Reading plans

Classics Club Spin Lands on George Eliot

The classics club spin machine has spoken. It landed this time on number two which means I get to read the shortest book from my list: The Lifted Veil by George Eliot.

This novella is a fantasy tale, so a significant departure from the social realism for which she is best known. But grew out of the same interest in science that we can see in her most famous novel, Middlemarch.

The Lifted Veil is narrated by an egocentric, morbid young man who begins to be afflicted with the unwanted ability to ‘hear’ the interior thoughts and emotions of those around him. Eliot uses this as a device to explore ideas of free-will and knowledge but also to explore her own belief in the importance of seeing into other people’s minds and emotions in order to empathise with their circumstances.

It was published anonymously in Blackwood’s Magazine in 1859, just a few months after the publication of Adam Bede. In 1879 it was published, under the author’s name, in the same volume as Brother Jacob and Silas Marner.

I know this is a short text but I sense the contents will take some focused reading so may well take me as long to read as a standard length novel. Fortunately time is on my side — according to the Classic Club “rules” I have until 30th October. I may even go onto read Brother Jacob which is in the same edition I bought almost ten years ago now.

BookerTalk

What do you need to know about me? 1. I'm from Wales which is one of the countries in the UK and must never be confused with England. 2. My life has always revolved around the written and spoken word. I worked as a journalist for nine years then in international corporate communications 3. My tastes in books are eclectic. I love realism and hate science fiction and science fantasy. 4. I am trying to broaden my reading horizons geographically by reading more books in translation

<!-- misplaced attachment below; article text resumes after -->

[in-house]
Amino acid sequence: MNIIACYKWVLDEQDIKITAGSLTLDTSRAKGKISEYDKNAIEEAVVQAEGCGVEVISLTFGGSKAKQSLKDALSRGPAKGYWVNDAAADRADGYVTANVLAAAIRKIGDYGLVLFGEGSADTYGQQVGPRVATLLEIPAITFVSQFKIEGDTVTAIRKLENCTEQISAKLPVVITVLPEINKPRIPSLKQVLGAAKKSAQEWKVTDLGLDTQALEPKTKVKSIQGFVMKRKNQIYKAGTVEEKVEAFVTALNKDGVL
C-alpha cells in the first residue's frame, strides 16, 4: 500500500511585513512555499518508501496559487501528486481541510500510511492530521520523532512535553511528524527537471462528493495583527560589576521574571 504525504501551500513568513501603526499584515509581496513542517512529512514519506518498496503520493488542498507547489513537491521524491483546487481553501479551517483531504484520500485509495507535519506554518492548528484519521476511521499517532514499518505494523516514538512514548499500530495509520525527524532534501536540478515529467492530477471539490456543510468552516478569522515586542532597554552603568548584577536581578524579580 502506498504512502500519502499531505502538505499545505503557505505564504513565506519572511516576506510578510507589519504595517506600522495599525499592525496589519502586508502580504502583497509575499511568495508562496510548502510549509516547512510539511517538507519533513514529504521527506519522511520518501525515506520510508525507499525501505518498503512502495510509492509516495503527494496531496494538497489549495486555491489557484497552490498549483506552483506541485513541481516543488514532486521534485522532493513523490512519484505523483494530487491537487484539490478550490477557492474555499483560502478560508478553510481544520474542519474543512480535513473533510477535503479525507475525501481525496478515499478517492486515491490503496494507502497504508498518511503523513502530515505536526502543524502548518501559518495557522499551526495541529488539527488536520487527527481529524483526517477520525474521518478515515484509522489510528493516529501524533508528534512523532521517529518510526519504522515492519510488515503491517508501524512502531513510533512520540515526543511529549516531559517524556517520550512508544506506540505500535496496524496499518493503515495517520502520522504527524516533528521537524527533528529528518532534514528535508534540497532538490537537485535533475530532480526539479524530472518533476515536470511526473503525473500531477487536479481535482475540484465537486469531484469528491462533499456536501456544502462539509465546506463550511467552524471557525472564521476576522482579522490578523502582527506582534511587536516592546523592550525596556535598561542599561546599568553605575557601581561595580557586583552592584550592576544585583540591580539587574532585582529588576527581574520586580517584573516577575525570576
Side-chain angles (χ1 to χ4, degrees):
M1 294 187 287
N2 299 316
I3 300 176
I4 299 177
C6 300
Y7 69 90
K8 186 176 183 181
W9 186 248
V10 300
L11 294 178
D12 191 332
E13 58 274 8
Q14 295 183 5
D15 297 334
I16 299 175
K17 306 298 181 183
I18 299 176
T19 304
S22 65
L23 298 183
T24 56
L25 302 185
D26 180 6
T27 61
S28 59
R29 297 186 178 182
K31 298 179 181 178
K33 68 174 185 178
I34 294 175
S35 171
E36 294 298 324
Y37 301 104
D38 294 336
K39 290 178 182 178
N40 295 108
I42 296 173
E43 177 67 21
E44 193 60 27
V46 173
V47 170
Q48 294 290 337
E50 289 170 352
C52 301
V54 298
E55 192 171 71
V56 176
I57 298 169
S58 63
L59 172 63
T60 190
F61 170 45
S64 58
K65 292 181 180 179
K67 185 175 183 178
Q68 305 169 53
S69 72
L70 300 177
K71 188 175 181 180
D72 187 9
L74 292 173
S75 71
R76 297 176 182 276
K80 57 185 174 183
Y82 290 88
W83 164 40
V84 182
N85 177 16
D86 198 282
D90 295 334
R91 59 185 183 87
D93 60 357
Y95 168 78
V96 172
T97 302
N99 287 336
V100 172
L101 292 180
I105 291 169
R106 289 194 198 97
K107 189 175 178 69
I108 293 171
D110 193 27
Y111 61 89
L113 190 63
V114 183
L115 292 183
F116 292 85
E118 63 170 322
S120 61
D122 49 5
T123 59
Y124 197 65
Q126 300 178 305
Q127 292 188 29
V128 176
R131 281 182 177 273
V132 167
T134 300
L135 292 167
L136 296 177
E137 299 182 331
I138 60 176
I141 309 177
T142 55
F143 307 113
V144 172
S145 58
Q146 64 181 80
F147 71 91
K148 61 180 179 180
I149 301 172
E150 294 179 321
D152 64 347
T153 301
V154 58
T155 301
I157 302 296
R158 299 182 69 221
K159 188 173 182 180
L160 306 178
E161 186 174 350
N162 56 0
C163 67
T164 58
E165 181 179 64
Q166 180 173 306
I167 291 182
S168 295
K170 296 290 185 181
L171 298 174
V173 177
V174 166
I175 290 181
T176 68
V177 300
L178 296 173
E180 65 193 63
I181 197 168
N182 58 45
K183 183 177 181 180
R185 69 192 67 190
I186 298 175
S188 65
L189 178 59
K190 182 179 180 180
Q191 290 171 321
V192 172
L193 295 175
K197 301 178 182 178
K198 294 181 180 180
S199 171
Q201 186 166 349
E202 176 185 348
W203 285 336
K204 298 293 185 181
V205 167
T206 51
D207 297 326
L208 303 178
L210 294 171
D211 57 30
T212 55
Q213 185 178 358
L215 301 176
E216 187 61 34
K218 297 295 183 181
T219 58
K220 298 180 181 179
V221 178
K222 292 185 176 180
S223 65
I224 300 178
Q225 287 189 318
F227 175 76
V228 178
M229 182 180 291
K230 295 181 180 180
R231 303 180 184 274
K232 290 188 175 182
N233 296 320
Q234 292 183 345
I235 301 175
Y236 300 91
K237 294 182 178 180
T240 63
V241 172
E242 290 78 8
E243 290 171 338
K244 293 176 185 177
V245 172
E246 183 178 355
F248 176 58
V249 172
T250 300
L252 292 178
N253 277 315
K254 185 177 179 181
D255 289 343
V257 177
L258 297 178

21 thoughts on “Classics Club Spin Lands on George Eliot

  • I read The Lifted Veil recently and thoroughly enjoyed it. It was in an anthology of early science fiction and does have some SF aspects, but as usual with these older writers it’s mostly about the characters. Hope you enjoy it!

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    • It really seems that opinion is vastly divided on this book

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  • I read this a few years ago and found it quite enjoyable, but definitely not the sort of book you would expect from George Eliot. My edition didn’t include Brother Jacob, so I would be interested to hear more about it if you do go on to read that one as well.

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    • I was surprised when I read the description – definitely not like any of her other books

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  • I’ve read and enjoyed some of her work, but not this one. I’ll wait to see what you think of it!

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    • Interesting to see the different reactions in the comments about this book

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  • This sounds an unexpected but appealing title from GE, one I’d never heard of before now so of course now I’m intrigued!

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    • I could see this as being one you’d enjoy getting stuck into – you would no doubt make a lot more sense of it than I will

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  • Interesting! It’s certainly something which divides opinion, and the LT VMC group is vocal on the subject. I actually really enjoyed The Lifted Veil….

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  • I look forward to seeing what you think of it, because it is on my list as well. But I got Cranford by Elizabeth Gaskell this time!

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  • I have this – and have yet to read it. We’re away at the moment but will join you in the read when we return home, Karen. Having read the comments… seems a little problematic?

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  • Never heard of this one! Sounds like the premise of that movie What Women Want, hopefully better executed 🙂

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  • Oh my goodness it is AWFUL. In my opinion. I say this as a strong lover of GE. I just loathed it. Creepy and horrible! But maybe you’ll love it! Good luck!

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